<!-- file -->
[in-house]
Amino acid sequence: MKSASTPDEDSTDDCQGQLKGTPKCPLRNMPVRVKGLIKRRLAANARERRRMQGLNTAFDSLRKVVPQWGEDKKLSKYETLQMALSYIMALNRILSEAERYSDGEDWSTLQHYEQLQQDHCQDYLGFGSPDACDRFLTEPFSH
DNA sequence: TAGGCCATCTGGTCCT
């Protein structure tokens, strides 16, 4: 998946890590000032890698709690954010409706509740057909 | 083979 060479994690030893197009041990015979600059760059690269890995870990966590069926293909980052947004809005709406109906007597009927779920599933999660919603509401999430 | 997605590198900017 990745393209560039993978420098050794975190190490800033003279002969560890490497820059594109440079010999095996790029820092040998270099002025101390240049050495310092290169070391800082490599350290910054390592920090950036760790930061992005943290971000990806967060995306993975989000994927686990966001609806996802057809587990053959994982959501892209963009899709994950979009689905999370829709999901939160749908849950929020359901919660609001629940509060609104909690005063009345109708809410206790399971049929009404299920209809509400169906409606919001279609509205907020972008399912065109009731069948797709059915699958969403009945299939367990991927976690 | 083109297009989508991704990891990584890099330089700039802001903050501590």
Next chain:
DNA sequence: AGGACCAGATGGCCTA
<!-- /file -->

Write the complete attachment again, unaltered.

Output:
[in-house]
Amino acid sequence: MKSASTPDEDSTDDCQGQLKGTPKCPLRNMPVRVKGLIKRRLAANARERRRMQGLNTAFDSLRKVVPQWGEDKKLSKYETLQMALSYIMALNRILSEAERYSDGEDWSTLQHYEQLQQDHCQDYLGFGSPDACDRFLTEPFSH
DNA sequence: TAGGCCATCTGGTCCT
């Protein structure tokens, strides 16, 4: 998946890590000032890698709690954010409706509740057909 | 083979 060479994690030893197009041990015979600059760059690269890995870990966590069926293909980052947004809005709406109906007597009927779920599933999660919603509401999430 | 997605590198900017 990745393209560039993978420098050794975190190490800033003279002969560890490497820059594109440079010999095996790029820092040998270099002025101390240049050495310092290169070391800082490599350290910054390592920090950036760790930061992005943290971000990806967060995306993975989000994927686990966001609806996802057809587990053959994982959501892209963009899709994950979009689905999370829709999901939160749908849950929020359901919660609001629940509060609104909690005063009345109708809410206790399971049929009404299920209809509400169906409606919001279609509205907020972008399912065109009731069948797709059915699958969403009945299939367990991927976690 | 083109297009989508991704990891990584890099330089700039802001903050501590």
Next chain:
DNA sequence: AGGACCAGATGGCCTA